•Ndigbo in no hurry to return to North –Uwazuruike
•Returnees recall horror tales •‘I saw family of four wiped out’
•‘I saw a pregnant woman disemboweled, her baby’s head cut off’
•‘I’ll never go back to the North’
From EMMANUEL UZOR, Onitsha
Following the recent ceasefire by the Boko Haram Islamic sect, the Ezeigbo Gburugburu and leader of the Movement for the Actualization of the Sovereign State of Biafra (MASSOB), Chief Ralph Uwazuruike, has said Ndigbo will not be in a hurry to return to the North.
Chief Uwazuruike, who had sent buses to some of the troubled states in the North to evacuate women and children, said he will not be in a hurry to ask his people to go back to states affected by the Boko Haram insurgency.
He said if at all bombings in some northern parts of the country have come to an end as claimed by the Islamic sect, there will be sufficient time for Ndigbo to study the security situation in the country as well as understand the security of Ndigbo.
He, however, said the Igbo returnees, who were mainly women and children evacuated from the troubled northern states, had painted gory pictures of their ordeals in the hands of the Boko Haram.
“The second batch of the 152 returnees were evacuated when the bombings became very unbearable and our people were being slaughtered here and there, and my action as Igbo leader was to bring our people home, especially the defenceless women and children.
“They painted the picture of carnages recorded in the different parts of the North, especially Kano, which has been sitting on a keg of gunpowder and has been the major target of the Islamic sect. Now, these people have reunited with their relatives and are doing well in Igboland. So we shall monitor the ceasefire and know what they are talking about.”
Chief Uwazuruike added that the recent condition by Boko Haram for ceasefire will not deter him from taking wise decision that would guarantee the security of Ndigbo in every part of the country.
“As it stands now, nobody knows which of the Boko Haram wants ceasefire, and any decision I take today to ask these people, who are already mixing up and doing well with our people here, must be well scrutinized to avert any plan to lure them back for continued massacre,” he said.
One of the returnees, who spoke with Sunday Sun, Mrs. Blessing Aniekwe, from Mbaitolu in Imo State, dismissed the possibility of returning to Kano, where she was living with her family before they were evacuated.
According to Mrs. Aniekwe, a widow and petty trader in one of the markets in Kano, the security of Ndigbo at a time became a very expensive thing as the hoodlums were going round different compounds, killing and maiming defenseless Ndigbo, including women and children, adding that nothing will ever make her return to the North.
She said: “It is only a person that did not witness what happened in Kano that can say he or she would return there because of a mere proposal of ceasefire. You don’t know these people. They hate Ndigbo a lot. I may be a plot to lure us back and finish us.”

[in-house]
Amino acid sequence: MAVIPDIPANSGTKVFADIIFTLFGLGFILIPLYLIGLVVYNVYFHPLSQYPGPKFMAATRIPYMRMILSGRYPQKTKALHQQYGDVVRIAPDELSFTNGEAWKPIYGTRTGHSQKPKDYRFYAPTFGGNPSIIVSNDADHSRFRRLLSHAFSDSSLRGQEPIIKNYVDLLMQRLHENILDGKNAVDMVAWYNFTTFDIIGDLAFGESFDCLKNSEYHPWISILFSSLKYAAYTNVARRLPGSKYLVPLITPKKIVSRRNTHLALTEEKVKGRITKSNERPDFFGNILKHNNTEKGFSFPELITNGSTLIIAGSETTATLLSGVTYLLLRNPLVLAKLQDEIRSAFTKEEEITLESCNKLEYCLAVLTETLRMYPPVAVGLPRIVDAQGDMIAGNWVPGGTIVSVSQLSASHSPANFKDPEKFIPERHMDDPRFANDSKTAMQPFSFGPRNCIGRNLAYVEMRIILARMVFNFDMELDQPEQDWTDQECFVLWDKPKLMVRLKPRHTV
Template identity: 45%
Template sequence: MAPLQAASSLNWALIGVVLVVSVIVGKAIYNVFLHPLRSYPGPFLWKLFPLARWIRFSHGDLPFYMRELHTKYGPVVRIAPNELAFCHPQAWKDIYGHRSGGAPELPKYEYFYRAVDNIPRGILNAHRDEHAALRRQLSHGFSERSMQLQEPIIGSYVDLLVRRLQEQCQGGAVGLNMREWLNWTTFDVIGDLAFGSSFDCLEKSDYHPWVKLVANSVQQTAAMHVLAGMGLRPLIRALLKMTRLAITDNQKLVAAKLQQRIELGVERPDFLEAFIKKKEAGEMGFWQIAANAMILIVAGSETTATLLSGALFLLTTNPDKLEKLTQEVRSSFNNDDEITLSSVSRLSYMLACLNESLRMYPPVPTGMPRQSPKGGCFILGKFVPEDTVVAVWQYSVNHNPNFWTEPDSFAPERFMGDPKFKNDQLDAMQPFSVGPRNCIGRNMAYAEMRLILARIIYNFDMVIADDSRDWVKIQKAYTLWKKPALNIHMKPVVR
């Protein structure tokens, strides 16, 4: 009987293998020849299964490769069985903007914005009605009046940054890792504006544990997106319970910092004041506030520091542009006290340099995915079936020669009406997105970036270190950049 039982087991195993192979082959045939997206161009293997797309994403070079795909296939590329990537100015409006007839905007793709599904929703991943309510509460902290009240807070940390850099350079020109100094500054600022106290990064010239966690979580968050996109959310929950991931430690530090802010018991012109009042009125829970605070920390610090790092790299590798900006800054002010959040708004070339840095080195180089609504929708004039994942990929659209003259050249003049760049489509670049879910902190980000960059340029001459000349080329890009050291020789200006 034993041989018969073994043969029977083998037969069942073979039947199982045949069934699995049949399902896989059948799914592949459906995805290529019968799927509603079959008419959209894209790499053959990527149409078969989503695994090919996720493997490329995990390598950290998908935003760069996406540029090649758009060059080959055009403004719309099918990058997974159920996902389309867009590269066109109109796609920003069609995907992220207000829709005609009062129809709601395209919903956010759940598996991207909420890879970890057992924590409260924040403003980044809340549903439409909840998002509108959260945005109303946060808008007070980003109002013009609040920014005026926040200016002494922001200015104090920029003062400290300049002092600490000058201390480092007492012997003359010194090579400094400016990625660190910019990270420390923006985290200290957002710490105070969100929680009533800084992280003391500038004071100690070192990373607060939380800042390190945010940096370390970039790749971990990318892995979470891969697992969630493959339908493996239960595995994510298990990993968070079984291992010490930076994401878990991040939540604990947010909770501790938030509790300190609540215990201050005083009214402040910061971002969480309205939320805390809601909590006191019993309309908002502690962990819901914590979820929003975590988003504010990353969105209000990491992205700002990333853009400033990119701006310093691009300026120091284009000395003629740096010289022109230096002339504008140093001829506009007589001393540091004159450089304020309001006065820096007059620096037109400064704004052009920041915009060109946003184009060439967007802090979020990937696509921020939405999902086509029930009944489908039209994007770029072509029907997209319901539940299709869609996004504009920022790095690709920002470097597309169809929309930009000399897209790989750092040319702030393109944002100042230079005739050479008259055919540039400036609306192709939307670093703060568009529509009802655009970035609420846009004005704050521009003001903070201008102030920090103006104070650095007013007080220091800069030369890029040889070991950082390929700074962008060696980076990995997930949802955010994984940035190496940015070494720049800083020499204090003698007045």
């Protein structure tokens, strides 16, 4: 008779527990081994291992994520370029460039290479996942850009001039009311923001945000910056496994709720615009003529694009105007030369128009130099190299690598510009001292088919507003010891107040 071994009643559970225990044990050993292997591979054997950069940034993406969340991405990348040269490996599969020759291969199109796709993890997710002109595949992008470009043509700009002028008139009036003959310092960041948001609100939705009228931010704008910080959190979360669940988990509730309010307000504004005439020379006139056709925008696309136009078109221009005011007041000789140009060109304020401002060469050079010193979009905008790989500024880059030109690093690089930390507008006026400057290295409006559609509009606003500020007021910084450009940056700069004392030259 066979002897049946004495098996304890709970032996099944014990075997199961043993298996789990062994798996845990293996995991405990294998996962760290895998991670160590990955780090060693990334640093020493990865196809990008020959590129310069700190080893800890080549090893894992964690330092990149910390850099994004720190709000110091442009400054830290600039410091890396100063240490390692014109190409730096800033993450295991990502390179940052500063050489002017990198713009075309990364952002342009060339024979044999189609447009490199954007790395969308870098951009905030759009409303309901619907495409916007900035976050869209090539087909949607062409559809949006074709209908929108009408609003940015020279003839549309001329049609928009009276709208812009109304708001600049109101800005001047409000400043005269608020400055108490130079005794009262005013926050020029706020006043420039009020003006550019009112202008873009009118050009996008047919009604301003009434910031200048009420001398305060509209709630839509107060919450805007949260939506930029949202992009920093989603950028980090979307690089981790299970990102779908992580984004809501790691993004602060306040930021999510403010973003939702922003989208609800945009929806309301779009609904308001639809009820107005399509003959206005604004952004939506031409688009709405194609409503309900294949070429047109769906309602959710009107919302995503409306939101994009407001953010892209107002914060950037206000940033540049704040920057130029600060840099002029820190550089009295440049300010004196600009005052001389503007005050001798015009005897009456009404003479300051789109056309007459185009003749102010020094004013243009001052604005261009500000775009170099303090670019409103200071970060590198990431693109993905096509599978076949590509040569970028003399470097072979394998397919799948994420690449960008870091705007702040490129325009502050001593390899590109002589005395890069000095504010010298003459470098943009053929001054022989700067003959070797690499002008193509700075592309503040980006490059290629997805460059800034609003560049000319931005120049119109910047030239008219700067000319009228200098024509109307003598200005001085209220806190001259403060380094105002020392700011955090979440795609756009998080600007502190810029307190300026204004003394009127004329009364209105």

Mrs. Aniekwe painted the picture of an Igbo family of four that was wiped out in a day by the Almajiris, who concealed a bomb in a cellophane bag and put it under the vehicle of the head of the family.
The family had prepared to leave Kano for the East.
Aniekwe said she will not weep for any person killed in any part of the North by members of the Boko Haram, if they returned.
She said: “If I tell you what I saw in Kano, I am sure it will spark off riot here in Onitsha, because at a time we noticed that even your newspaper began to douse the tension because if your paper had reported the whole thing as it happened, my brother, there will be no peace in Nigeria.
“And you people have started again to ask if we are willing to go back there.
“Anybody that wants to go is free to do so, but I will not cry for any Igbo killed in the North.”
Also reacting, another returnee, Mrs. Pricilla Nekwa, from Mbaitolu, Imo State, called on the Igbo leadership to help some women and children trapped in different parts of Kano and other parts of the North to come home instead of talking about going back.
Nekwa said: “When we heard about the free bus, many of us trooped out from different locations to board this luxury bus, but because of the number, it could not accommodate everybody at that time. Even I had to drop two of my children, but I later brought them home.
“So, it is no longer an issue of returning to Kano.”
Yet another returnee, Mrs. Elizabeth Echeta, said: “I am from Owerri, I lived at No. 2, Stadium Road, which is very close to Bombai (Kano), the place they threw the first bomb. I was sick on that day and remained indoors until I heard the sound of explosion and people living in the compound started running for help, but what they, Hausa people, did was to wait for anybody to come out and they slaughtered him. Many people were slaughtered that day. Even Almajiris, who loved to watch Ndigbo being killed, were also affected by that bomb.
“I have been living there for more than 20 years and I watched them slaughter a pregnant woman. They opened her womb, removed the baby and cut the baby’s head and killed the woman on the spot. So, my experience in Kano is that of horror and I don’t always like to recount it, please. I am like a useless person here, because I am stranded and confused and many of our people are still stranded in Kano.
We couldn’t go out of our homes for fear of attack and some of us returned with nothing. I have to start all over again from the scratch.” However, she commended the leadership of MASSOB for its intervention, stating that they have proved to be their brother’s keeper.
“If not for MASSOB, it wouldn’t have been possible for us to leave Kano. Other states had evacuated their people after the Kano attacks.”